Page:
Craftier Web threats hit finance firms

The last six months of 2003 saw a fivefold increase in worms and other types of malicious code that attempt to steal personal data from Internet users, according to Symantec Corp.'s semiannual Internet Security Threat Report.

Companies that process online financial transactions, including banks, brokerages and eBay Inc. with its PayPal payment service, are targets of these attacks more than any other type of industry, the report said.

The top troublemaker, a worm-Trojan-back-door threat named Bugbear.B, "would steal anything from anybody," says Alfred Huger, senior director of engineering at Symantec Security Response. Bugbear.B specifically looks to see if a host computer has information about financial data or if there's a bank domain name.

"Bugbear.B can also deliver logged keystrokes to a third party, compromising important information such as passwords and decryption keys," the report says. "The creator of this threat appears to have targeted financial institutions in an attempt to export financial data or gain future access to accounts."

The Symantec report compiles a range of data about computer viruses and software vulnerabilities, and the number of attacks recorded by 20,000 multi-vendor sensors that are maintained by companies all over the world.

In the first half of last year, only one-sixth of these companies reported a serious security breach, but from July through December, half of them reported a breach from worm attacks such as Blaster, the report said.

Financial institutions feel under siege

Financial institutions agree that they are under siege on the Internet.

Westpac Banking of Australia this week was hit by a so-called phishing scam that used fake e-mail that seemed to come from Westpac to trick customers into giving the attacker passwords to bank accounts. In most phishing scams, the attacker sets up a fake Web site with a home page that mimics the victim's home page.

In the scam against Westpac, the attacker carried out the plan through a re-direction scheme that involved opening a fake version of the Westpac Web site and opening the real Westpac Web site in a second browser window.

"They linked to a genuine Web site, ours, except for the crucial part where you put in a password," says Paul Gregory, a Westpac spokesman. About a half-dozen Westpac customers fell victim to the scam before Westpac discovered it, he says, adding this wasn't the first phishing scam to hit Westpac or other Australian banks.

"It's pretty common," he said.

There has been a steady rise in bank-targeted phishing scams, with Citibank Inc., eBay's PayPal service, Wachovia Corp., Bank of America Corp., Wells Fargo & Co. and several others warnng of problems in public announcements. Citibank's Web site has warned its customers of 18 phishing scams since December, with details about the fake e-mail and Web site links of each one. Some security consultants say the latest scam against Westpac stands out as particularly devious.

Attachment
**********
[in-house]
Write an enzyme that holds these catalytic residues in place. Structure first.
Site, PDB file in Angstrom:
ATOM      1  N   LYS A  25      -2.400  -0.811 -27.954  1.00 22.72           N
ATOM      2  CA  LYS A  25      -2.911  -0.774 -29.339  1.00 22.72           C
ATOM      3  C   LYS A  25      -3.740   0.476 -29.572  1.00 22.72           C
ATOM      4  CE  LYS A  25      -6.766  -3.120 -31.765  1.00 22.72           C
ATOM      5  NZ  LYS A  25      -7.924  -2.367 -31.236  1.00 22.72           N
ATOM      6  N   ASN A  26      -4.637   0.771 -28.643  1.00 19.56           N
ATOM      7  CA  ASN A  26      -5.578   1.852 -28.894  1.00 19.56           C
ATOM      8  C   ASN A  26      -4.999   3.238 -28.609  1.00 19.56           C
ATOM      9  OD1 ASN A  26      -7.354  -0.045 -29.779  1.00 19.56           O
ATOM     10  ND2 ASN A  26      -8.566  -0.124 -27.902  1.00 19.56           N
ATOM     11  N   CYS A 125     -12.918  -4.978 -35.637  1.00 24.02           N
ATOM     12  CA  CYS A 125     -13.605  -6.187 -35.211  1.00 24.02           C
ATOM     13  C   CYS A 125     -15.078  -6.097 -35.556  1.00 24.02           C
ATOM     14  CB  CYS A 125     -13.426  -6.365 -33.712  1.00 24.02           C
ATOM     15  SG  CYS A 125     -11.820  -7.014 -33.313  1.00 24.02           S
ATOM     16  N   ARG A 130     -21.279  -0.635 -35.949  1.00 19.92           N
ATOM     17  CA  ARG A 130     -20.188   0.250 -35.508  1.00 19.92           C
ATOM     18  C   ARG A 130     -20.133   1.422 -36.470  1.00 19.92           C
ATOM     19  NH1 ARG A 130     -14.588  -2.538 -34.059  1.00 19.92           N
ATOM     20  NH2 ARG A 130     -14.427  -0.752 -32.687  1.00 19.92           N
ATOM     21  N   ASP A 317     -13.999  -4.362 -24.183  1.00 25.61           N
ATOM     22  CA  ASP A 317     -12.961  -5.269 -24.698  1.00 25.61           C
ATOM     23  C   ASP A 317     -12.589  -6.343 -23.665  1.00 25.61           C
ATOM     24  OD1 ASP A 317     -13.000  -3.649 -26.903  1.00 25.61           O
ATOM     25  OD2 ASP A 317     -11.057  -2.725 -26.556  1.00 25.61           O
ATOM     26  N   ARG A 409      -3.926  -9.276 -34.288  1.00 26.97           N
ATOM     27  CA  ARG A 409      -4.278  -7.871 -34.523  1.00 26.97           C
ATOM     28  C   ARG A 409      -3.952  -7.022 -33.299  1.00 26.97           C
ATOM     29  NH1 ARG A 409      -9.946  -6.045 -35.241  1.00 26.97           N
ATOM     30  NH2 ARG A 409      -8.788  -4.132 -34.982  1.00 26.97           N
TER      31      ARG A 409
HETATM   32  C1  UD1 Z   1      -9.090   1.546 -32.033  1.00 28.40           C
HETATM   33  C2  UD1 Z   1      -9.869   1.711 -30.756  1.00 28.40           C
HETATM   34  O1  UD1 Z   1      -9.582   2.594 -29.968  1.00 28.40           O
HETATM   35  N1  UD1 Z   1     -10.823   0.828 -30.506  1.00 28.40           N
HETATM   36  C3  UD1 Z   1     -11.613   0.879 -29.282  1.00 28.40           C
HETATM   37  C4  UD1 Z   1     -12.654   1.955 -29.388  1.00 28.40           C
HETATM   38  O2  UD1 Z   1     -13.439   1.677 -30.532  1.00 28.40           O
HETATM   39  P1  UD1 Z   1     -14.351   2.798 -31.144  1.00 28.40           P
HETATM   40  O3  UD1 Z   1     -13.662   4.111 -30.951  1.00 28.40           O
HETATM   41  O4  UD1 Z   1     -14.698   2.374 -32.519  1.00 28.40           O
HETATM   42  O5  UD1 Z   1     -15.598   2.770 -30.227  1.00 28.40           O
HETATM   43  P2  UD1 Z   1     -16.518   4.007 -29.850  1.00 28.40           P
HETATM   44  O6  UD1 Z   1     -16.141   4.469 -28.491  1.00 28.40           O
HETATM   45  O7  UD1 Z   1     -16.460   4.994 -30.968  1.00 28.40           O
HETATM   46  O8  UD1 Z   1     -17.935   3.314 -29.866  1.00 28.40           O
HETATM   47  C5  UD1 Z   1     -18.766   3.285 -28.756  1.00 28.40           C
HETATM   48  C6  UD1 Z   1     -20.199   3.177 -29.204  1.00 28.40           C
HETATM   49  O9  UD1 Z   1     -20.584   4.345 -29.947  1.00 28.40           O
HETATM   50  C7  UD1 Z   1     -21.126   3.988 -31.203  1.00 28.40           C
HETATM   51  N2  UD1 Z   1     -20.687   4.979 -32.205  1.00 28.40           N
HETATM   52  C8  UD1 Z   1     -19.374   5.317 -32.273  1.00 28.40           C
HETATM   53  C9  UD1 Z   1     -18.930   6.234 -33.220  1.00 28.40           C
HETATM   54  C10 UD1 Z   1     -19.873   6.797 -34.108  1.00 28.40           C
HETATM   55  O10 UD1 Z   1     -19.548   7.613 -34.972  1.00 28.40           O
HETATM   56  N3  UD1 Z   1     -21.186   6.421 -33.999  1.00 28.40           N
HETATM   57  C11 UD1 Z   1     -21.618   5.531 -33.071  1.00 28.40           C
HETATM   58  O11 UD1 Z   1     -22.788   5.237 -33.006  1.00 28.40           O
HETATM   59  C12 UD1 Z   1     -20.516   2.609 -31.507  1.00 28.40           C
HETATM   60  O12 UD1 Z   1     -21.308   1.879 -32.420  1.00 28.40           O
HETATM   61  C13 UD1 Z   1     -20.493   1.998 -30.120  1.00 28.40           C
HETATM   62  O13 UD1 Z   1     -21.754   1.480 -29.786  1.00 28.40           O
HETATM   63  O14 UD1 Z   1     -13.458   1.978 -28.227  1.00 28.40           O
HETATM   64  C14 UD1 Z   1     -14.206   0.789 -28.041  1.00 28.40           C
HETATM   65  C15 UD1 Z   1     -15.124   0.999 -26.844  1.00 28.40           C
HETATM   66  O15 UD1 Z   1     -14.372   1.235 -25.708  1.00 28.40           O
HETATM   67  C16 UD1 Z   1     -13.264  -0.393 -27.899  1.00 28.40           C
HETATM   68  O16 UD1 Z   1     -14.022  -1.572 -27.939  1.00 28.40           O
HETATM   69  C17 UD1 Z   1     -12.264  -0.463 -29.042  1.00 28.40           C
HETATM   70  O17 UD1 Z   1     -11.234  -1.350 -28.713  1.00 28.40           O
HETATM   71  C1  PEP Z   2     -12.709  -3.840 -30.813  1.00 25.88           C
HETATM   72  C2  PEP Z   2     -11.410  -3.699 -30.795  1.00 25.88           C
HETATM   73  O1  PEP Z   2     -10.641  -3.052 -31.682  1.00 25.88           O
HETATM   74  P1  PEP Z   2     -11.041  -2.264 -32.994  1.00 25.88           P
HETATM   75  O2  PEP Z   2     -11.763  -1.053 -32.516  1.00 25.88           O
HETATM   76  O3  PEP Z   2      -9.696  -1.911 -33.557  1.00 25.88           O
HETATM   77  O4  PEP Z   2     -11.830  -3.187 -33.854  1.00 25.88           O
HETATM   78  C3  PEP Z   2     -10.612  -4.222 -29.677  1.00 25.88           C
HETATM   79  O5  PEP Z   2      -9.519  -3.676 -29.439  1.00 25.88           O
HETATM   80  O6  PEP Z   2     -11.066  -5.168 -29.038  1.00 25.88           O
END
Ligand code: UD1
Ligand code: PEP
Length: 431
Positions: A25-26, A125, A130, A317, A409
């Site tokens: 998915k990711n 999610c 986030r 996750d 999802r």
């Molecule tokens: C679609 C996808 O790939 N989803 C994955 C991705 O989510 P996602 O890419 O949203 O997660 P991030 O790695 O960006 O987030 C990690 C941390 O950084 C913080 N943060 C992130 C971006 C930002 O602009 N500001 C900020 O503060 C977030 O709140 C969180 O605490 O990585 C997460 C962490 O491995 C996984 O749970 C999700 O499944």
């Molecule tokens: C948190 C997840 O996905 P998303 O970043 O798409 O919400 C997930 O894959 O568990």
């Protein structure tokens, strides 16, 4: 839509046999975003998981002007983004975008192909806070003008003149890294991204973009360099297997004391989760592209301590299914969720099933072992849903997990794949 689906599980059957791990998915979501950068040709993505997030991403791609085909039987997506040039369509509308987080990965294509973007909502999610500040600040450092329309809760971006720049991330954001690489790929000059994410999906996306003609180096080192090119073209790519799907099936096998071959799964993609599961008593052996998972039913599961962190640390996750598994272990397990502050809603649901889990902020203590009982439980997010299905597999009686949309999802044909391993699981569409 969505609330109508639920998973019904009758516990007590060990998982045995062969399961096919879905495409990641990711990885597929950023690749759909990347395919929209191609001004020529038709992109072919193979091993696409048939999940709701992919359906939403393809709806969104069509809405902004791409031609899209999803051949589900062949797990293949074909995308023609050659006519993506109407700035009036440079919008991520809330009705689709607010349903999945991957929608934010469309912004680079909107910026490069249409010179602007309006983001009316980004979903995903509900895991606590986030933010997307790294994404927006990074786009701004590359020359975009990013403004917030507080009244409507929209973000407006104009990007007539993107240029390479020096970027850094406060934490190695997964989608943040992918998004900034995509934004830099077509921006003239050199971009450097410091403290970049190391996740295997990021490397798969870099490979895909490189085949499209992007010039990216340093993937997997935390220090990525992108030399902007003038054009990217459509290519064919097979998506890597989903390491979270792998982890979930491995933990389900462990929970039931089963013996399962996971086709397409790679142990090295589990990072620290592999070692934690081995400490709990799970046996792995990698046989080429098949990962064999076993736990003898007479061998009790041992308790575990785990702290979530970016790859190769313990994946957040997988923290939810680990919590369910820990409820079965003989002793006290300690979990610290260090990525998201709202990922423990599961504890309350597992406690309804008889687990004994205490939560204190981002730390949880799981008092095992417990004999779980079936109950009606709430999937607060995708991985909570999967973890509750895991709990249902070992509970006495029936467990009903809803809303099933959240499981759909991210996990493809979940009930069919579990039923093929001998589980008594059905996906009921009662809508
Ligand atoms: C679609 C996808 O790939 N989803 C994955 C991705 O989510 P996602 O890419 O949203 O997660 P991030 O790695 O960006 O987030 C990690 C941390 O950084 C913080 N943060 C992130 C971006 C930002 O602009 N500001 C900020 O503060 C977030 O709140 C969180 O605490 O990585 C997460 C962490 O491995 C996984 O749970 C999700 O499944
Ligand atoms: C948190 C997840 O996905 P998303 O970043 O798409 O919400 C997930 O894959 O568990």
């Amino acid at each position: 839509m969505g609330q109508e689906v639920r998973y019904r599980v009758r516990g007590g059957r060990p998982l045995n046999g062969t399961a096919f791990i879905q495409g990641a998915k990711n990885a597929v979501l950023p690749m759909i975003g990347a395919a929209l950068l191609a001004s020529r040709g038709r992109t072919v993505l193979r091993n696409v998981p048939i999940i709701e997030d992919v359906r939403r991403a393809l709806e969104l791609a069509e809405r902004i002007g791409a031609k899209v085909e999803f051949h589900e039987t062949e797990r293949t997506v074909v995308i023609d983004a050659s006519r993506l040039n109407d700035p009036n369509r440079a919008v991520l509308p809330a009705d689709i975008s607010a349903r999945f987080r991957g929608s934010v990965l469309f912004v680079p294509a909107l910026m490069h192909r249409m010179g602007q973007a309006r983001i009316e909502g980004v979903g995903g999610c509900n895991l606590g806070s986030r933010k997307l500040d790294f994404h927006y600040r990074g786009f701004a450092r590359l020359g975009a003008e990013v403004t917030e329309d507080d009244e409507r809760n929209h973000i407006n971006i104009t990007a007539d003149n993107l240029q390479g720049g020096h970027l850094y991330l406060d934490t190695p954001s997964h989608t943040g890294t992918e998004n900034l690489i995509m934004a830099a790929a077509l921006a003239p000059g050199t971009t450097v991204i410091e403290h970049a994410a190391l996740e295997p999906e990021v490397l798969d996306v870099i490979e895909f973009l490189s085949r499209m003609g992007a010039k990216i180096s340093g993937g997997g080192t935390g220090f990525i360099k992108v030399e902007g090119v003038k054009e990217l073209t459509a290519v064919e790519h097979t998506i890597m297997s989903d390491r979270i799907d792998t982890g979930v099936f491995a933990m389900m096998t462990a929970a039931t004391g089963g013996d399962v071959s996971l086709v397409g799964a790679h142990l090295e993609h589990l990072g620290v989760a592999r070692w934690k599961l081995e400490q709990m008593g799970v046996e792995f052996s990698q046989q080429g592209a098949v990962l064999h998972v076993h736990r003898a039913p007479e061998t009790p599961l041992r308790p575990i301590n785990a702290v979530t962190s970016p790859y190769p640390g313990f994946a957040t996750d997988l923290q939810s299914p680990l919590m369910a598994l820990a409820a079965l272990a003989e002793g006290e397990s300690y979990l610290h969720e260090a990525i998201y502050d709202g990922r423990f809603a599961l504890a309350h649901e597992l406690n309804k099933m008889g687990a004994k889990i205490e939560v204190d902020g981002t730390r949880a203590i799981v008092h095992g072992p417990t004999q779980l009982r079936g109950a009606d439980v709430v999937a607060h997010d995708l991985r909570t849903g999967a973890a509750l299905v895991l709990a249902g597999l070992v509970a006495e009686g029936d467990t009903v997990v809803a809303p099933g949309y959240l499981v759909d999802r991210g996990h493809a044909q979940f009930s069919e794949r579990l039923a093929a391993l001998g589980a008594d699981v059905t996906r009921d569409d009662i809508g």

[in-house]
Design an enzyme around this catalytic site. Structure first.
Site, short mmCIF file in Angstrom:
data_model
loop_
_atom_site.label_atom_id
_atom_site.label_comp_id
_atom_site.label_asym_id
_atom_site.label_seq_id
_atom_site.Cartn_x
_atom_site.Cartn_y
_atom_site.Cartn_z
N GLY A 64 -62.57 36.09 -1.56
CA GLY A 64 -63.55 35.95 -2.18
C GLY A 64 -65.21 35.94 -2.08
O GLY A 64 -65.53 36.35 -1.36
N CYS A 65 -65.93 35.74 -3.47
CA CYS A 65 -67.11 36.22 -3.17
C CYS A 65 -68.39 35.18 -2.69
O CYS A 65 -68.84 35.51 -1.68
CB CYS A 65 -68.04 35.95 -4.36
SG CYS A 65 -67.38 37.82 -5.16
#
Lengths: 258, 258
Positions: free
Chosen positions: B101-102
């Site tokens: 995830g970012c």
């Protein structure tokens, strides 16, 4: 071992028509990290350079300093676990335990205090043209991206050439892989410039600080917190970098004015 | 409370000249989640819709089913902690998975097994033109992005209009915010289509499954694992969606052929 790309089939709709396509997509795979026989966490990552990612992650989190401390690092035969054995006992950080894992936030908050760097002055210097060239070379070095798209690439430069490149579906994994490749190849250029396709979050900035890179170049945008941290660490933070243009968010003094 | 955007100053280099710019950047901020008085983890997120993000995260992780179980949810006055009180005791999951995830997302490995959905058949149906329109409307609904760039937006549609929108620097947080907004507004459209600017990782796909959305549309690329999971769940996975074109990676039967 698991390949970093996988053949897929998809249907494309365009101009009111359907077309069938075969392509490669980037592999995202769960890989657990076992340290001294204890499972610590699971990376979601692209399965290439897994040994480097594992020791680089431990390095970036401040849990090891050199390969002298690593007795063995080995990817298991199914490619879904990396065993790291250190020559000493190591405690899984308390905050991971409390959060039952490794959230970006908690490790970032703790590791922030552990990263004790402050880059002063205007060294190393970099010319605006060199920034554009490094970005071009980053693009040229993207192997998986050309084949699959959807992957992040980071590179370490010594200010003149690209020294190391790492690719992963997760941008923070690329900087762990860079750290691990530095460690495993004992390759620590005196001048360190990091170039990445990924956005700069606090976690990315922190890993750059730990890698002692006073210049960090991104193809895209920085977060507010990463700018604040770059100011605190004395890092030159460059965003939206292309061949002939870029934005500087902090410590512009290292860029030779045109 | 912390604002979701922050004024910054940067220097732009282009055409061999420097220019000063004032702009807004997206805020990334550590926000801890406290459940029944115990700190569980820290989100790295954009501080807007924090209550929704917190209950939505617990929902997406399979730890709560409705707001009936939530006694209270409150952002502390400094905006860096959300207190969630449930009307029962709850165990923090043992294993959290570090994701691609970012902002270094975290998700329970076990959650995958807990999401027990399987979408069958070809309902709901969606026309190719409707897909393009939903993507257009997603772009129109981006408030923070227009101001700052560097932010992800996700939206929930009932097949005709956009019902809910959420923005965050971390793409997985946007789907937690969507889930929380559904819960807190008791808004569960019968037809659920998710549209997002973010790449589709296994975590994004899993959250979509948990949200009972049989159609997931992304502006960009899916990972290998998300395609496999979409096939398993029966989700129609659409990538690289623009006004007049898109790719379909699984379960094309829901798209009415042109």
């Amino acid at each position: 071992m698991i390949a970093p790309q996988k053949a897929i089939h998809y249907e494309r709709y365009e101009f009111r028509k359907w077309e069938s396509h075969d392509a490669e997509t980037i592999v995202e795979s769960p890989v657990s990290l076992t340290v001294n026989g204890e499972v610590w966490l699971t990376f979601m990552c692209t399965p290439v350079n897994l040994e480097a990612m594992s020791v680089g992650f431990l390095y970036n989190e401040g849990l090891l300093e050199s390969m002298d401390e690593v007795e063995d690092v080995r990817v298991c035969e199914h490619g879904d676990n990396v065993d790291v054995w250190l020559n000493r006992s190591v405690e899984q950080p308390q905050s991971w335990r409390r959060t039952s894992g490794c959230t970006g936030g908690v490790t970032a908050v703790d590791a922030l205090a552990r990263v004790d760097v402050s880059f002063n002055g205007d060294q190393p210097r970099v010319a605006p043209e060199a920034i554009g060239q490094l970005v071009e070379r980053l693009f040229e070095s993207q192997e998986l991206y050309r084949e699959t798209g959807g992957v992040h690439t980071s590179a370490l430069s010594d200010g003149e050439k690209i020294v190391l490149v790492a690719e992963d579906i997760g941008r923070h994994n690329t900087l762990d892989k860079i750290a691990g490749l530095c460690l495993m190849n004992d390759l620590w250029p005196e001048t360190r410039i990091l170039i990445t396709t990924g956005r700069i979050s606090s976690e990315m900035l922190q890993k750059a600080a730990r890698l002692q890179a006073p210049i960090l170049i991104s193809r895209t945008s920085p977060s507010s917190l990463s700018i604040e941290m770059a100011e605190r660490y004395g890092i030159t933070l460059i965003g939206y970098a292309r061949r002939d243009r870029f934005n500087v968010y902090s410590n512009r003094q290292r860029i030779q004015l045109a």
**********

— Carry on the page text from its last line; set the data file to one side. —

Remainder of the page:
"These people were forcing you to a valid Web site," says Mike Hrabik, CTO at Solutionary Inc., a managed security services firm in Omaha, Neb. One way this can be done is through various techniques that fall under an attack called cross-site scripting. Most of them involve the attacker crafting a link with cookie-stealing code to interact with the victim's browsing session.

In spite of the growing problem, few security vendors have anti-phishing products, though some application firewalls, such as those from Teros and Sanctum, purportedly block cross-site scripting. Use of authentication methods stronger than simple passwords, such as public-key infrastructure (PKI) certificates or handheld tokens that generate one-time passwords, would make phishing much harder.

Few financial firms or e-commerce companies (Bank of Nova Scotia is one exception) make this kind of technology available to their mass-market customers. But some require PKI certificates and dynamic passwords in high-dollar investment and trading arrangements. Westpac says it is aware of these alternatives but is evaluating the economic cost of them.

Hrabik says companies should continually "sweep the Internet" to look for fake Web sites. He said it's often just a matter of doing extensive Web searches.

This story, "Craftier Web threats hit finance firms" was originally published by Network World.

Copyright © 2004 IDG Communications, Inc.

  
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